2 Routt County municipalities take opposite approaches in allowing alcohol in parks | SteamboatToday.com
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2 Routt County municipalities take opposite approaches in allowing alcohol in parks

Just one day apart, two Routt County municipalities took very different approaches to when and how they wish to allow alcohol in their public parks.

In the new council’s first official vote, Steamboat Springs City Council voted on a first reading Tuesday to allow alcohol in all city parks from 8 a.m. to 11 p.m., regardless of whether or not they have a playground. Six members supported the first reading of the ordinance, with member Heather Sloop voting in opposition because she felt parks should be preserved for youth.

“I think parks are sacred in a sense that kids go to play there; parks are made specifically for kids,” Sloop said. “Most people that use parks are youth, who legally are not allowed to drink, and I don’t think this is conveying the right message to those individuals and giving their parents the freedom to possibly excessively use alcohol.”



If council passes the second reading, the ordinance will sunset in three years, meaning council will need to vote again in 2024.

Steamboat first relaxed its alcohol ordinances during the COVID-19 pandemic in 2020, when restaurants were under severe restrictions and were looking for ways to continue selling alcohol without being able to seat customers inside at full capacity.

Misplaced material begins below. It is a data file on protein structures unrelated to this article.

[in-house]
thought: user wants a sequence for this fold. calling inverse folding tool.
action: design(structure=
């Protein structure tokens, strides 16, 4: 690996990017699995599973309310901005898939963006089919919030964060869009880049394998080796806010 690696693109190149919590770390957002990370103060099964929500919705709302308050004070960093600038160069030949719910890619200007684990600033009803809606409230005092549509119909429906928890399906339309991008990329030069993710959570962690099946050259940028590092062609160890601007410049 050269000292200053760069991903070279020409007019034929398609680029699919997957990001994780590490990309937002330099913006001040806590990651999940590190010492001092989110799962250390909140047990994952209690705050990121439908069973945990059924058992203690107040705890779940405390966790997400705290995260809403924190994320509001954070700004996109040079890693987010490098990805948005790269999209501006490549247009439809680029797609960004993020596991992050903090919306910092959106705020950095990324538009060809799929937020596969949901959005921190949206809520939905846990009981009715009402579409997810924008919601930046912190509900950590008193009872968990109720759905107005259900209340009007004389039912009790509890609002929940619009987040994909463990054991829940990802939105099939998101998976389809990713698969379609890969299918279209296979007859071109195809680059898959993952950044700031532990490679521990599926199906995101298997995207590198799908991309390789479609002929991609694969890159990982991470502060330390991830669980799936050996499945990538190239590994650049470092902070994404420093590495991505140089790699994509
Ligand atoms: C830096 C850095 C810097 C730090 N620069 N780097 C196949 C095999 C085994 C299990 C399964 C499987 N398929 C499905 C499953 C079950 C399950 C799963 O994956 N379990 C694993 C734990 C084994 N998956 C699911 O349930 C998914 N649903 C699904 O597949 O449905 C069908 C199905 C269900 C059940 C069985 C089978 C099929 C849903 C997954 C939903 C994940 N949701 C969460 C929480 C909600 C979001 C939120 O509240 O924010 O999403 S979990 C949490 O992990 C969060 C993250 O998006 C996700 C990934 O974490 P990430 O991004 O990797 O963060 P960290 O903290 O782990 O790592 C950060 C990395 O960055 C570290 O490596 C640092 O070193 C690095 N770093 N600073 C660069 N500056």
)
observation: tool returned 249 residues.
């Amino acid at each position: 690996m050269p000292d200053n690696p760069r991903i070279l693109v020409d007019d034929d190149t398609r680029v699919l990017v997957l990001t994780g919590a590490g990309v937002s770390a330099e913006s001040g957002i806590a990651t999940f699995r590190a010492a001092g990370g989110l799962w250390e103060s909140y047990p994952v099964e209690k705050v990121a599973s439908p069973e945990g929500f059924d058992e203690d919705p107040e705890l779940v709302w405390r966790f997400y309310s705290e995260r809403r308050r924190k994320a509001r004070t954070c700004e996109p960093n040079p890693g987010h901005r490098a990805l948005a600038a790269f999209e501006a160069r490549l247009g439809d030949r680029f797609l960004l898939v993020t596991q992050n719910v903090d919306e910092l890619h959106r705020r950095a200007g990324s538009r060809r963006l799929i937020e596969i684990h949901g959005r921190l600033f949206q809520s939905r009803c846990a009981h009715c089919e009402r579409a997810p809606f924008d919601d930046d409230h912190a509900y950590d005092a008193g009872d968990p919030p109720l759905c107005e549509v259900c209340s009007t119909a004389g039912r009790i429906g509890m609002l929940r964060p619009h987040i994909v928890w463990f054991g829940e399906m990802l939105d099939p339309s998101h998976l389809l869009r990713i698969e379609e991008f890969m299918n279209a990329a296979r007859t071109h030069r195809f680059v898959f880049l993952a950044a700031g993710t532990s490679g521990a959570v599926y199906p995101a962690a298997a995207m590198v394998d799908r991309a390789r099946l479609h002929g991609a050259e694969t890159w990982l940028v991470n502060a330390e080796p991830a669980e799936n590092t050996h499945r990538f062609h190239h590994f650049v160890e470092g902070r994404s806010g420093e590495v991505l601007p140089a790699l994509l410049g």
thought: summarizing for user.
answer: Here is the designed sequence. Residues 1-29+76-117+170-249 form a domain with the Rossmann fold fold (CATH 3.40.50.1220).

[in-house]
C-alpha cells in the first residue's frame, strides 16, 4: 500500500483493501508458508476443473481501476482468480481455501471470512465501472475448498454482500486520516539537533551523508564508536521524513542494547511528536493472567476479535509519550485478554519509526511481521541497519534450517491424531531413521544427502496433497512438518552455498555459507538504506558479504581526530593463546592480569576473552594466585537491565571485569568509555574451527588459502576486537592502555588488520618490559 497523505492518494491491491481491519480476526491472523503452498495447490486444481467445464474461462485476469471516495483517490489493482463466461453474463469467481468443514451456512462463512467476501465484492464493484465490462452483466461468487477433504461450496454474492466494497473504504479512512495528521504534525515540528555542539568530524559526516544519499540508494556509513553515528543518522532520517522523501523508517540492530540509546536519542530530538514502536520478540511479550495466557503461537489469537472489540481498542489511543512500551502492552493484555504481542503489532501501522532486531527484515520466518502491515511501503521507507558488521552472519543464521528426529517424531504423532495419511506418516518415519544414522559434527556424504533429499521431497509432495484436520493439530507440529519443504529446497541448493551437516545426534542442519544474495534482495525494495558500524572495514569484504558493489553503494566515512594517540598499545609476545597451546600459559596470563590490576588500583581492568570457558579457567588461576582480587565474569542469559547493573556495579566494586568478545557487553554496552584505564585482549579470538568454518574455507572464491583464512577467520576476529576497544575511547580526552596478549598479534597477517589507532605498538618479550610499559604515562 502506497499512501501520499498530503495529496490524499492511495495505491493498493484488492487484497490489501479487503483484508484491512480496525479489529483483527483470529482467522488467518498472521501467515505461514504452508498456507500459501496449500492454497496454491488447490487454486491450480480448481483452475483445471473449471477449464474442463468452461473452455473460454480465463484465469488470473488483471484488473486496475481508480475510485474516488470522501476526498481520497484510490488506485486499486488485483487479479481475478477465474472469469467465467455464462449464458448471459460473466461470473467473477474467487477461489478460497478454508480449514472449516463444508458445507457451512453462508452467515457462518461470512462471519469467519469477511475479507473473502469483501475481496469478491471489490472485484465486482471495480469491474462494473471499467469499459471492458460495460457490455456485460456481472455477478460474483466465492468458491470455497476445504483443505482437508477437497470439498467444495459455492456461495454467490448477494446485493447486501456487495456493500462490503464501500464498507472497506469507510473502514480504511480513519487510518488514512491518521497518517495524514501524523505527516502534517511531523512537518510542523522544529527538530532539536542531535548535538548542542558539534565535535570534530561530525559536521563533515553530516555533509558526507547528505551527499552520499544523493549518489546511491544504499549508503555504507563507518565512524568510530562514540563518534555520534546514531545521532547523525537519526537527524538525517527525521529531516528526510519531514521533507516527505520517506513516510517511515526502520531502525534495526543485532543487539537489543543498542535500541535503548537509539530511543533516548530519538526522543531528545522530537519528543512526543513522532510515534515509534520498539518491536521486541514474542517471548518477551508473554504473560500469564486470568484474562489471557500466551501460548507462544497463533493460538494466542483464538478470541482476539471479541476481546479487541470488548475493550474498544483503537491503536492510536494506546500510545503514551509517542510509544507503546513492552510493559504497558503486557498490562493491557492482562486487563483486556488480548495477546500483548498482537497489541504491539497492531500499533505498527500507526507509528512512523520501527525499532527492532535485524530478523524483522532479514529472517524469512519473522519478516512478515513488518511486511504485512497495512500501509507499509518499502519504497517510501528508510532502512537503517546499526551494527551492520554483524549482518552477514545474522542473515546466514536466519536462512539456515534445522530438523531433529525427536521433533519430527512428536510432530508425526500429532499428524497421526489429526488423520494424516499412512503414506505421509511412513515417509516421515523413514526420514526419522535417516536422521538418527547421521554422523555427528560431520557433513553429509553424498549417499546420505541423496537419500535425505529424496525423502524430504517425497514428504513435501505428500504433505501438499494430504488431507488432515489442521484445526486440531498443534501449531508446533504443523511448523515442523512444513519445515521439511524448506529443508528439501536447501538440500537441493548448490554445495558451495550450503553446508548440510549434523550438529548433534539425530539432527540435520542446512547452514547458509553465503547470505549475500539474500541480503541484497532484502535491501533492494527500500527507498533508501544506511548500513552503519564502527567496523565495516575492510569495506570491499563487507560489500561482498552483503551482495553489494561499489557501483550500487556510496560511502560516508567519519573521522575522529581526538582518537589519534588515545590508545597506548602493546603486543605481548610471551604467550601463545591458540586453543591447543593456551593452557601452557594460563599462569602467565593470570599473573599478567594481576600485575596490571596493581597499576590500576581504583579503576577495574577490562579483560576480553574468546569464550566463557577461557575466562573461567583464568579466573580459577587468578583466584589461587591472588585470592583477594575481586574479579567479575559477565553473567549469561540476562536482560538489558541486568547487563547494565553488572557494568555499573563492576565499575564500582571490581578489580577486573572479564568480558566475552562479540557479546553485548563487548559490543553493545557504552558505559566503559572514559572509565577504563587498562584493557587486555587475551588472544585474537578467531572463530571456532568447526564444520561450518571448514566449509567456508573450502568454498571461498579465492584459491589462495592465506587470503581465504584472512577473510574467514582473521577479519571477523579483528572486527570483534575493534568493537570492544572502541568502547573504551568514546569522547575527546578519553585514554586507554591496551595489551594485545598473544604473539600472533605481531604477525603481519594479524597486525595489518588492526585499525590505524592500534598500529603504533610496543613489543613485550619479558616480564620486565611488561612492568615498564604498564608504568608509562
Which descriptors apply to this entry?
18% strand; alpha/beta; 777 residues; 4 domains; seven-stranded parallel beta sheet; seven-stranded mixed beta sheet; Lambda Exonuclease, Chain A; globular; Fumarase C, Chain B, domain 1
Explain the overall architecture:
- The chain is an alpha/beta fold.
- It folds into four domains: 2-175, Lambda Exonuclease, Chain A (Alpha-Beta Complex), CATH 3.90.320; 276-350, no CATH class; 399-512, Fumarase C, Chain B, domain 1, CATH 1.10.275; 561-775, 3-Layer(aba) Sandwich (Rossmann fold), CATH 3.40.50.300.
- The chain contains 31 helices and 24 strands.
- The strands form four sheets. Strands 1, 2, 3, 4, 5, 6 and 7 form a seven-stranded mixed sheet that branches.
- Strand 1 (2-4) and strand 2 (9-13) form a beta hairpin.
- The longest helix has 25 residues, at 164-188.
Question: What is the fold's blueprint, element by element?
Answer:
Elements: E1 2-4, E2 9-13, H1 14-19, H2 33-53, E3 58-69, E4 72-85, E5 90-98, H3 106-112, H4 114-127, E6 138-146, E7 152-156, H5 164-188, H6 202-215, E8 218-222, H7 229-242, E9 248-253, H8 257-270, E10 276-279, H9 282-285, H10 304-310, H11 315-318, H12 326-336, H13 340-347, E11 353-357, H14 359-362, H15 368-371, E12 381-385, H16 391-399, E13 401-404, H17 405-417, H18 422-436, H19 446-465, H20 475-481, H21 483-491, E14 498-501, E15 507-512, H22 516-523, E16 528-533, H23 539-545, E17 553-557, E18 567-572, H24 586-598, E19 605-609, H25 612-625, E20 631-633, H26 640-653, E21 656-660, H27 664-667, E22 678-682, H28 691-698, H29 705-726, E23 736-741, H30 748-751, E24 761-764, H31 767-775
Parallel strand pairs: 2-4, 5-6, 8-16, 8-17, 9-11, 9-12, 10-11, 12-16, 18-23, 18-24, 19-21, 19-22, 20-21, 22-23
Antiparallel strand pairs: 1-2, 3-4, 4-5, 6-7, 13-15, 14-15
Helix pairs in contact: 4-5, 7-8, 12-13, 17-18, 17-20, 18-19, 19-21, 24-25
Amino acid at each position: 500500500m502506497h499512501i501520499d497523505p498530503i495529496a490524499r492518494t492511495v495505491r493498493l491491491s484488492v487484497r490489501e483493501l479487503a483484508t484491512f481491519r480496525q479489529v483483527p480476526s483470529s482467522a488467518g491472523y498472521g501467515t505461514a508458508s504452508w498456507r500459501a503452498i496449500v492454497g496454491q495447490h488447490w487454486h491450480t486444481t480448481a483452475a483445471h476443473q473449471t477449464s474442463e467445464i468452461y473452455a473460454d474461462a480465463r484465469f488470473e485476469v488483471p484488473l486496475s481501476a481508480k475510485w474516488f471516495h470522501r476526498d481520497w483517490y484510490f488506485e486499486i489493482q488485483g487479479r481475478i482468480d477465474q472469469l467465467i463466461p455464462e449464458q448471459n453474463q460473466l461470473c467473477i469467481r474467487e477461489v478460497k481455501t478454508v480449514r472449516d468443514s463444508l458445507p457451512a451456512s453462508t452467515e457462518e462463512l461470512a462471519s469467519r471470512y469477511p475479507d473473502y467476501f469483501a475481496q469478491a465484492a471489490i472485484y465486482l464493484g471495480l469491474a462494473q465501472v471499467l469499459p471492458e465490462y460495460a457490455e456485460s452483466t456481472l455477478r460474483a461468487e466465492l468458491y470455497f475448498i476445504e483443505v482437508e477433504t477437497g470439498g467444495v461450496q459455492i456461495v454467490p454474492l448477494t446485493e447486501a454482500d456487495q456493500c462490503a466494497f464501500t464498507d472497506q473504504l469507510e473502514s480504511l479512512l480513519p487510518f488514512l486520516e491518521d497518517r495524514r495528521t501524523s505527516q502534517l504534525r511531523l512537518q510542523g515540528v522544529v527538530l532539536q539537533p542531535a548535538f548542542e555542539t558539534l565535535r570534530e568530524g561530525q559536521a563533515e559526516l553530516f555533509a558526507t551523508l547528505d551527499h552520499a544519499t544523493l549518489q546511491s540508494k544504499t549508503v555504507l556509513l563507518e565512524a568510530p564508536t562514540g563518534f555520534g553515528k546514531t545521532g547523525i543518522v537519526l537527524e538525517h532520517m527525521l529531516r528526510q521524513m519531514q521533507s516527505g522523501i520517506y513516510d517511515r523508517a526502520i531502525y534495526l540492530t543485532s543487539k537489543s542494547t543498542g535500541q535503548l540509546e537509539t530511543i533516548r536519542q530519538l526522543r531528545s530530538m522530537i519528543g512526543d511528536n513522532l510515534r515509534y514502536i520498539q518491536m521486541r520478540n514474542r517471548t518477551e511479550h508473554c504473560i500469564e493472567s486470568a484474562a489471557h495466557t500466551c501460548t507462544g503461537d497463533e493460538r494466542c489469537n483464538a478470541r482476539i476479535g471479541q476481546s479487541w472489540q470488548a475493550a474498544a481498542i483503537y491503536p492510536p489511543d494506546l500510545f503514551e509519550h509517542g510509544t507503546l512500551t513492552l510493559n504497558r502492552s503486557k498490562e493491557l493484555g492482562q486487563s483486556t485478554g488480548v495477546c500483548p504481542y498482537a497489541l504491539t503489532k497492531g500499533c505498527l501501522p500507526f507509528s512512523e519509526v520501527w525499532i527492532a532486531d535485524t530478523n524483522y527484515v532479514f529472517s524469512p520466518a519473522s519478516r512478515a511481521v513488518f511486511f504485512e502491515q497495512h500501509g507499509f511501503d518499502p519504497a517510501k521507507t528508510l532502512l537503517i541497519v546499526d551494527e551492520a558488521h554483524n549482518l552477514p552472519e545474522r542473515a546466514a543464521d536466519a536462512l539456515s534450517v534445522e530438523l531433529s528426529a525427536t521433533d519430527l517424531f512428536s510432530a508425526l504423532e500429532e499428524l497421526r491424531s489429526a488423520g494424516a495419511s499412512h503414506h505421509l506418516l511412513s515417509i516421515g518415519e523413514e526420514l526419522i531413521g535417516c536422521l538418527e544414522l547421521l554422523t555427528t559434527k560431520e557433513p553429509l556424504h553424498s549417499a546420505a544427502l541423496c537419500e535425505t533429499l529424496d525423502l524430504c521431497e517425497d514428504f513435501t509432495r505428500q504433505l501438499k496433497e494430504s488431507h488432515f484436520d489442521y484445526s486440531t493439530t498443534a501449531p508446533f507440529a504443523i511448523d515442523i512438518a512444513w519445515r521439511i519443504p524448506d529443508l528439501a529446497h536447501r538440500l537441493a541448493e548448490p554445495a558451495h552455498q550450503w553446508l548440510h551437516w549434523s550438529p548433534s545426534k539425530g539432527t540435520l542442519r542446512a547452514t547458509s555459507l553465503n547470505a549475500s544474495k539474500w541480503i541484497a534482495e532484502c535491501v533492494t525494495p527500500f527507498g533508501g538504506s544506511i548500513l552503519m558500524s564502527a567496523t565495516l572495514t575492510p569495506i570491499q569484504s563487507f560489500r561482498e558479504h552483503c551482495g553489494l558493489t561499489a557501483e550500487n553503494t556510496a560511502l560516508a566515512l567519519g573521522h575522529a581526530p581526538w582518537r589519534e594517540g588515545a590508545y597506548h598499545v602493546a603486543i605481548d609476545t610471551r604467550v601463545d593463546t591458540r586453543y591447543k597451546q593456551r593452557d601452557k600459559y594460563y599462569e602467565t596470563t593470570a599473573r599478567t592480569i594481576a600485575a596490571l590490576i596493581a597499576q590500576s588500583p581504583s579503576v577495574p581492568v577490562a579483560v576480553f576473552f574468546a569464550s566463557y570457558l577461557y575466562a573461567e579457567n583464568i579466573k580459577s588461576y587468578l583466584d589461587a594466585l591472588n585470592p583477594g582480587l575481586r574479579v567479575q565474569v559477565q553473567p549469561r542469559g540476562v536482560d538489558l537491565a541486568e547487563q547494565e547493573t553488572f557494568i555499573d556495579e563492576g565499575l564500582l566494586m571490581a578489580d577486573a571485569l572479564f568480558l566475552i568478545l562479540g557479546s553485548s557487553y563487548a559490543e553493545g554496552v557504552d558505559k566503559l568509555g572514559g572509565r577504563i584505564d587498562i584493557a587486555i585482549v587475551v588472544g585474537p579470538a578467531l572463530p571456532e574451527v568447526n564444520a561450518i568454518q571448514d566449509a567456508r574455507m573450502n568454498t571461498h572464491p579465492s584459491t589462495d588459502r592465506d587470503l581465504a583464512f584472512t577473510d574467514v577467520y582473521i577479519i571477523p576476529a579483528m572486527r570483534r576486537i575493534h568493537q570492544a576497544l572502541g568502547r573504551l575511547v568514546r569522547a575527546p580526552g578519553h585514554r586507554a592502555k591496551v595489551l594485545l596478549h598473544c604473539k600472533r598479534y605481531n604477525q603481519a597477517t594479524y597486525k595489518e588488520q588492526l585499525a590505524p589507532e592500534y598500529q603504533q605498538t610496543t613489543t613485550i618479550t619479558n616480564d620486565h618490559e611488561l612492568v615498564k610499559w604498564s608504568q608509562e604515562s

City Council then voted in July 2020 to allow public consumption in the downtown area, then later extended the same ordinance to the mountain area.

The Colorado Legislature also voted to allow restaurants to serve takeout alcohol until July 2025, though it did not extend the provision allowing consumption of alcohol in right-of-ways, meaning the city’s exception allowing open container consumption around Lincoln Avenue and Yampa Street has expired.

Because alcohol is no longer allowed in right-of-ways, Assistant City Attorney Jennifer Bock, who brought the ordinance to council, said community members still wanted a place to drink outside of restaurants and private residences, and restaurants still wanted a place for their to-go drinks to be consumed safely.

The new ordinance allows alcohol in all parks, but Howelsen Hill Complex has always been an exception to the city’s previous ban, which Parks and Recreation Director Angela Cosby said has never caused problems for the city.

“The biggest impact we saw was just increased garbage from increased use, and most of that garbage actually made it into the cans,” Cosby said. “We have received a lot of inquiries with confusion about where alcohol is allowed, so this would clear some things up.”

While she did support the ordinance, council member Gail Garey expressed concern about extra plastic being disposed in city parks.

“I think it’s been a great thing in terms of our restaurants and supporting our local community through COVID, but as the self-appointed environmental person here, I don’t really support this from the perspective of creating more waste,” Garey said. “I’d like to see some sort of transition away from plastic and towards aluminum.”